The next-door Yellowstone National Park is one of the nation's most popular and beautiful with ample seasonal pursuits. There's the world-famed Old Faithful geyser and the West Thumb Geyser Basin with epic, vivid-turquoise lake, all just a short drive east-of downtown. The active enjoy scenic fishing, boating, swimming, and kayaking at the nearby lakes. The Hebgen Lake is one of the best still-water fishing lakes in Montana, while the picturesque Yellowstone Lake calls for peaceful cruising. There are also endless hiking ops through the immense park's scenery with birdwatching along the way.
Whitefish is about an hour drive-worth to the World Heritage Site of the Glacier National Park. The classic mountain town is perched at the foot of the pristine, eponymous lake within surrounding wilderness. It is a beloved base for road-trippers and trekkers, with hiking trails through forests that extend into the peaks and valleys full-of local wildlife and breathtaking view points. Whitefish is also a destination in its own right, turning many visitors into locals with quaint streets and plentiful attractions to keep busy in the shadows of Northern Rockies.
Downtown Whitefish boasts cosmopolitan, lively vibe among flavorful dining and drinking options. Local favorites include the Loula's Cafe, Tupelo Grille for dinner, and best nightcaps at the Great Northern Bar & Grill. Whitefish is overrun in winter for world-class skiing, along with annual festivals and events like the Ski-Joring races. The nearby Whitefish Lake State Park and City Beach are must-visit during summertime vacation. There are amenities, and activities for all levels, like a campground, beach, cycling trails, kayaking, boating, and swimming.
The small town on the northeast corner of the Flathead Lake is home to big, scenic fun at the largest freshwater lake west of Mississippi. The “Village by the Bay” along the pretty Swan River is one, big water galore. Just off-the Bigfork Bay one will find the heart of town, home to lively streets lined by art galleries, lodging, dining, and boutique shops in the shadow of the beautiful Swan Mountains. The wintertime scenery prevails with snow-covered trees and roofs, lights- and garland-adorned houses. Bigfork's traditional festivities with unique, small-town flavor win attention from the national media. Summertime brings action to Montana's best Eagle Bend golf course, attracts nation-wide creatives for the popular Bigfork Festival of the Arts in August, and respite-seekers for sunny strolls.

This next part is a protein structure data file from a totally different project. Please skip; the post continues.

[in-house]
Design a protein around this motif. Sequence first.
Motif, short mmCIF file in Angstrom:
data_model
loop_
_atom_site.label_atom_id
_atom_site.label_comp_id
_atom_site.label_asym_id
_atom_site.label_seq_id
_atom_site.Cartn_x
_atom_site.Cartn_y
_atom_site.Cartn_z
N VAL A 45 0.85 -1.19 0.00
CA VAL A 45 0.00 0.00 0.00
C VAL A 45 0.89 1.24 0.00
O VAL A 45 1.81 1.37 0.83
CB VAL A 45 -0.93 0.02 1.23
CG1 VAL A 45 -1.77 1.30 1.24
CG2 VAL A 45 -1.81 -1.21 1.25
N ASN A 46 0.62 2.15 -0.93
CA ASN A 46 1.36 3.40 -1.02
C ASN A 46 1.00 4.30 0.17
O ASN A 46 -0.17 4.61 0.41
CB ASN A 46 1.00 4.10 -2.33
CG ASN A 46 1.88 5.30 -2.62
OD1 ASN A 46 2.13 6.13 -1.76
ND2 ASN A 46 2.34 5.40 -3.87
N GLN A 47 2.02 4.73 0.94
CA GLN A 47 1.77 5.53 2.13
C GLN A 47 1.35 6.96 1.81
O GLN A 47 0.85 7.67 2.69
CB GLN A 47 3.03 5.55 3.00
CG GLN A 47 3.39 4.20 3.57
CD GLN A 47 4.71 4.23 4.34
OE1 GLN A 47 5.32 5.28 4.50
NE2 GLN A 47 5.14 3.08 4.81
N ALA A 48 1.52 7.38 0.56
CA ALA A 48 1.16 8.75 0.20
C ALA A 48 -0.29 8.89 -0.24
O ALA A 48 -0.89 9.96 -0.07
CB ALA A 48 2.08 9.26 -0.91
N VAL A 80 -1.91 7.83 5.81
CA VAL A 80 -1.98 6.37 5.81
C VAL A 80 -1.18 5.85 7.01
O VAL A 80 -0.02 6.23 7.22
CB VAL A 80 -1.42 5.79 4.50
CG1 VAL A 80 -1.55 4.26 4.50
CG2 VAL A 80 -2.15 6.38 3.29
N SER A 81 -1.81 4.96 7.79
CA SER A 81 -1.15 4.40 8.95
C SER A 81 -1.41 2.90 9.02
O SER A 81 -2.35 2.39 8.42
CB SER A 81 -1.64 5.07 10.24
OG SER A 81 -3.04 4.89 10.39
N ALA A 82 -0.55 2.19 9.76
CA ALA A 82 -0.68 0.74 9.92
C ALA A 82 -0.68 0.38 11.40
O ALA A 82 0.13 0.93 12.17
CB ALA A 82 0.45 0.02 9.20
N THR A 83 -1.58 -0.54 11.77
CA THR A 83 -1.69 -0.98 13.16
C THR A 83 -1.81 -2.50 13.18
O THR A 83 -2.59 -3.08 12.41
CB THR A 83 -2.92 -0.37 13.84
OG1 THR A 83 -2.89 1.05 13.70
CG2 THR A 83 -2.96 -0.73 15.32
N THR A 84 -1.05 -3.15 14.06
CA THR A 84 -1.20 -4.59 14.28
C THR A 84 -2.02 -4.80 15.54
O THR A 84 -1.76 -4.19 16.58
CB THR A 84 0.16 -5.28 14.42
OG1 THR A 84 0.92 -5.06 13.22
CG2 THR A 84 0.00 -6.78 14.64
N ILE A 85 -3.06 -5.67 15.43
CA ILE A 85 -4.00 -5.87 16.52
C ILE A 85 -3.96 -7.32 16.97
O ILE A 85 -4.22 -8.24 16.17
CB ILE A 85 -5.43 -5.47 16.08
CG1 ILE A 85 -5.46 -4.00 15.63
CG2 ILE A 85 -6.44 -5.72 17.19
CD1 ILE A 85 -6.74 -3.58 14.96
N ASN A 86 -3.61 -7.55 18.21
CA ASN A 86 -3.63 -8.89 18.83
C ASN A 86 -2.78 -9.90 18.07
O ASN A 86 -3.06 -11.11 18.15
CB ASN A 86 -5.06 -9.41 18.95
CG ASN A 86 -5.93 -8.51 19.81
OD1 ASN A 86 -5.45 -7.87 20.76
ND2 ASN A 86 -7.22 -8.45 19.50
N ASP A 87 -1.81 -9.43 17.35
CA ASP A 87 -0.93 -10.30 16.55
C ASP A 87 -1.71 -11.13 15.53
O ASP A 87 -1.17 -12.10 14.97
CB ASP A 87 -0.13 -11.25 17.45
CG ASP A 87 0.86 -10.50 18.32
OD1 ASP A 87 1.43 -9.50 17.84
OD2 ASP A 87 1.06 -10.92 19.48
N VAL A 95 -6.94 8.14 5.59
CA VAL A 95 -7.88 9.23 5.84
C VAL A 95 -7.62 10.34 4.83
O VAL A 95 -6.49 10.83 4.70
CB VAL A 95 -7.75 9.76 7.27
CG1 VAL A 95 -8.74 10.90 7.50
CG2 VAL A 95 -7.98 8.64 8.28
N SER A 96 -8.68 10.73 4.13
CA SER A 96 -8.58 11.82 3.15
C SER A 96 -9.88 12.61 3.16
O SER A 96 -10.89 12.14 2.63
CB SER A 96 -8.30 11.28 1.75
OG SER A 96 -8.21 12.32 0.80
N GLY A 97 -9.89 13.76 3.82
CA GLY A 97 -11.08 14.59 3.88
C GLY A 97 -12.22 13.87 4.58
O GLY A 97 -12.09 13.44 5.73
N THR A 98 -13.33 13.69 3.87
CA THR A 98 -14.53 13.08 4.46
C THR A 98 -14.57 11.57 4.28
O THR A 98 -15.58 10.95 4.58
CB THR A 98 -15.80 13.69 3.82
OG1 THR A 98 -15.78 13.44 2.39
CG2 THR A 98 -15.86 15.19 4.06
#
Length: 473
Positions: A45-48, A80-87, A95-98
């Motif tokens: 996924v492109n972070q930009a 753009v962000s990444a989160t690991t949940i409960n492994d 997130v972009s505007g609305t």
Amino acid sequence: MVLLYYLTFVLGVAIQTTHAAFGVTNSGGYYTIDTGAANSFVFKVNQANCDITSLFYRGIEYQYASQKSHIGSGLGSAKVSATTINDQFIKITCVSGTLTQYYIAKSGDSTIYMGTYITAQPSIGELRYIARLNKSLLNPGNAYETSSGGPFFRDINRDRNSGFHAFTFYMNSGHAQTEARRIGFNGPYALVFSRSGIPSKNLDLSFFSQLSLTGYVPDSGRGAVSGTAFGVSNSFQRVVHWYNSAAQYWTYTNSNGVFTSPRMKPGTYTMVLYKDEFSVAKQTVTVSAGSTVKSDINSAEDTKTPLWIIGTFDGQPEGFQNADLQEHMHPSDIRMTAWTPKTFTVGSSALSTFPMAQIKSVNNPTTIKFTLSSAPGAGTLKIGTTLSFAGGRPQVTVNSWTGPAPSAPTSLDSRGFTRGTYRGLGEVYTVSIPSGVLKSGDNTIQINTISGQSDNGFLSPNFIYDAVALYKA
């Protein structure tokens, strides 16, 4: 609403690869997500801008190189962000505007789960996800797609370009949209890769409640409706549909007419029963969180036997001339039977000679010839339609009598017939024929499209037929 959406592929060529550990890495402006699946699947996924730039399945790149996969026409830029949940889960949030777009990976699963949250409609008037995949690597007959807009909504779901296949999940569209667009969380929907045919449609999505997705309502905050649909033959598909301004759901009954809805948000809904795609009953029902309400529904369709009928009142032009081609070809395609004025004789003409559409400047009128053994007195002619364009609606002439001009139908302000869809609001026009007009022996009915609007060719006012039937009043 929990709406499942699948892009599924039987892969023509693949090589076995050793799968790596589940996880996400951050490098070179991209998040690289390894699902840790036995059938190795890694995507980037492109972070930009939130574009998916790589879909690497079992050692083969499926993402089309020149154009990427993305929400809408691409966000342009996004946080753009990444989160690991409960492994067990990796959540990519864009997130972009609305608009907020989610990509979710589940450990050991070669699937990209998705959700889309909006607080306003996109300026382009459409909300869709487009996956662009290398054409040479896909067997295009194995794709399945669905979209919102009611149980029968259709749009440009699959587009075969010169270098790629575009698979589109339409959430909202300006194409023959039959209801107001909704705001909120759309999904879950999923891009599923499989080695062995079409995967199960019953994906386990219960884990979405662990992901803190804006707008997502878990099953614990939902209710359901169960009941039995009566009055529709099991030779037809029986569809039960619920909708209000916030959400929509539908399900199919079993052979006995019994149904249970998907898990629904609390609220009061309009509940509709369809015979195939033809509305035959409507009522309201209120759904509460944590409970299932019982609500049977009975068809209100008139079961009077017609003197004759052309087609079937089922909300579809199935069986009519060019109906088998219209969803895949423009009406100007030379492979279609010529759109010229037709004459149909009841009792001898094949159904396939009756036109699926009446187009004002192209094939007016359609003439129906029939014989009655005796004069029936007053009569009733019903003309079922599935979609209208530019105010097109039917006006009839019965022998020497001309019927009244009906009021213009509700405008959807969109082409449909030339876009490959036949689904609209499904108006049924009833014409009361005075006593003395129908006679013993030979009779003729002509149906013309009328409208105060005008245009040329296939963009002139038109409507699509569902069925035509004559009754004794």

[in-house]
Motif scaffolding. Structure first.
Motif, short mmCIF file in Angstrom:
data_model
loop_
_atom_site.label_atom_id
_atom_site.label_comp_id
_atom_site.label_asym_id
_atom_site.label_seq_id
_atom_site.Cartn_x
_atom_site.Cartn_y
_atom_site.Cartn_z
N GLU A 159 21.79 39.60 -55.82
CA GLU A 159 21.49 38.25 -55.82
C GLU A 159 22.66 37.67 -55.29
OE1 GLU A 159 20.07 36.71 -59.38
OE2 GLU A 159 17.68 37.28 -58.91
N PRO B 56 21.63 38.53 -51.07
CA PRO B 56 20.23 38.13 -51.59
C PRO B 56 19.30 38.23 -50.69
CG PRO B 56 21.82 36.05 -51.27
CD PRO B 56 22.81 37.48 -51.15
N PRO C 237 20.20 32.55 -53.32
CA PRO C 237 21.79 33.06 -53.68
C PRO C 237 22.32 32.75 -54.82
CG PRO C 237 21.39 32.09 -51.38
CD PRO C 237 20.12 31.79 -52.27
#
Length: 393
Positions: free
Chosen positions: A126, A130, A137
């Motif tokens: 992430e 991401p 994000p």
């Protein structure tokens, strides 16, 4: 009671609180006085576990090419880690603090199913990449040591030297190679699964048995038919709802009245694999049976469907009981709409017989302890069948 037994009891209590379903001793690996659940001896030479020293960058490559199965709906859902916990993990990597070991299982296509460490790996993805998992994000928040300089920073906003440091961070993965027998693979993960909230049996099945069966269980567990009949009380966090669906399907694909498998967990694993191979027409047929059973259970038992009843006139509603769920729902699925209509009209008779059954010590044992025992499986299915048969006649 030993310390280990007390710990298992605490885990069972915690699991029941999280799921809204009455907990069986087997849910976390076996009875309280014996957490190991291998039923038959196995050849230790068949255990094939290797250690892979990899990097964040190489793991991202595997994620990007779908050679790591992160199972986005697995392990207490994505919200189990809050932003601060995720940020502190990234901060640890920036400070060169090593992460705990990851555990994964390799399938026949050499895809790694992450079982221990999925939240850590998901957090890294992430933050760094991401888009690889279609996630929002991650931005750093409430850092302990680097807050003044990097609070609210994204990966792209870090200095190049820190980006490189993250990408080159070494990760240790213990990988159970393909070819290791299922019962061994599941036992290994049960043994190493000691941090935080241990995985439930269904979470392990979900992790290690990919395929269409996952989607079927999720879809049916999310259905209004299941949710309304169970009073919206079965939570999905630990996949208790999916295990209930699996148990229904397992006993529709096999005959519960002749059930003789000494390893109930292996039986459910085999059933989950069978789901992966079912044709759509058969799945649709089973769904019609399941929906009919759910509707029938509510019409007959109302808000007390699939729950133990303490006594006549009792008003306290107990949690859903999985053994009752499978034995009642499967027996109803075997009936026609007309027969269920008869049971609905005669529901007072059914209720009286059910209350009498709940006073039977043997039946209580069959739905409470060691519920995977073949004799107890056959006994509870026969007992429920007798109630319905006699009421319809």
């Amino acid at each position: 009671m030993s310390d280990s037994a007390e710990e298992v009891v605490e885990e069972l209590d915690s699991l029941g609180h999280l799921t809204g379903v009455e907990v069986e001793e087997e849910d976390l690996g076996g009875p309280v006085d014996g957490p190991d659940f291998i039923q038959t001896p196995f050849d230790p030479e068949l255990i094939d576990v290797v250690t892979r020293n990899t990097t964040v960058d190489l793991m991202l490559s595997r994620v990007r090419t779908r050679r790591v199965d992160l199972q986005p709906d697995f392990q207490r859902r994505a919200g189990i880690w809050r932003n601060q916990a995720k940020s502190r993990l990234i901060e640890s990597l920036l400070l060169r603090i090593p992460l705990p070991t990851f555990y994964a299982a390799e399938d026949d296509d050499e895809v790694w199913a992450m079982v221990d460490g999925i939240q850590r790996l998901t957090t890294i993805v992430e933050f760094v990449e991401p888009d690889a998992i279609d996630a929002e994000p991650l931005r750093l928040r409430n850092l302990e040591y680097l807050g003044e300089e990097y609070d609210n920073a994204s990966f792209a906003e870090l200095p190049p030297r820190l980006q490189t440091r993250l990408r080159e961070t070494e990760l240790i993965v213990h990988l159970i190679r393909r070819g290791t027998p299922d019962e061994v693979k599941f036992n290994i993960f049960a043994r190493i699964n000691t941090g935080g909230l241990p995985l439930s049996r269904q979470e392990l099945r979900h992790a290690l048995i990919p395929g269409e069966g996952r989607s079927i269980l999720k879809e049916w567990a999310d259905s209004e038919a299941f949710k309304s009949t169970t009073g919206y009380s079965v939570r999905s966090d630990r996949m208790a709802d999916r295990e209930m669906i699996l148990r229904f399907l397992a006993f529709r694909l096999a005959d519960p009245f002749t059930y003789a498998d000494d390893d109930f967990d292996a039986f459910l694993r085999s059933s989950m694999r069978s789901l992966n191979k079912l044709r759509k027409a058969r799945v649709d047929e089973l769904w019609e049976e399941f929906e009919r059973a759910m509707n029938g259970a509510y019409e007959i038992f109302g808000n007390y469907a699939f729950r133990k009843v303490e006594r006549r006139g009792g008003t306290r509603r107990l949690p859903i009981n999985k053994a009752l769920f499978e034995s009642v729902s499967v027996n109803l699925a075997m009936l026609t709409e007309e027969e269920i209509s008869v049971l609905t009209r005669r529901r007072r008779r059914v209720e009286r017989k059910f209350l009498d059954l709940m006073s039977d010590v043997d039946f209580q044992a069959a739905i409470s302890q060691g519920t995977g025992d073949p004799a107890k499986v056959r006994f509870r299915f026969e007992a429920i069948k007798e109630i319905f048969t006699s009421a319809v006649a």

Bigfork is an artsy community inspired by rich local nature with streets-full of first-rate bronzes, carvings, paintings and other local craft for viewing delight and sale. “MyRealMontana” sells locally-made art and gifts, while the Traditions Restaurant's elk tenderloin will keep energies high for seasonal activities, like skiing in winter. There are two dozen-more establishments for gastronomic variety, including fine dining on French gourmet cuisine. Evenings call for warm-weather strolls, or watching the Bay engulf the winter's sun from a cozy room at the Inn on Bigfork Bay. The last rays cast reflections on the water until finally sizzling-out in a protesting blaze and most-magical time. The Bigfork Summer Playhouse, "theatre by the bay," hosts live performances of Northwest's finest professional talent from around the US.
These beauties of the state offer the most magical time-spent relaxing with with friends, family, or in a peaceful one-on-one with nature. The scenic galore of activities include water-pursuits, exploring the small-town scape, and many seasonal adventures.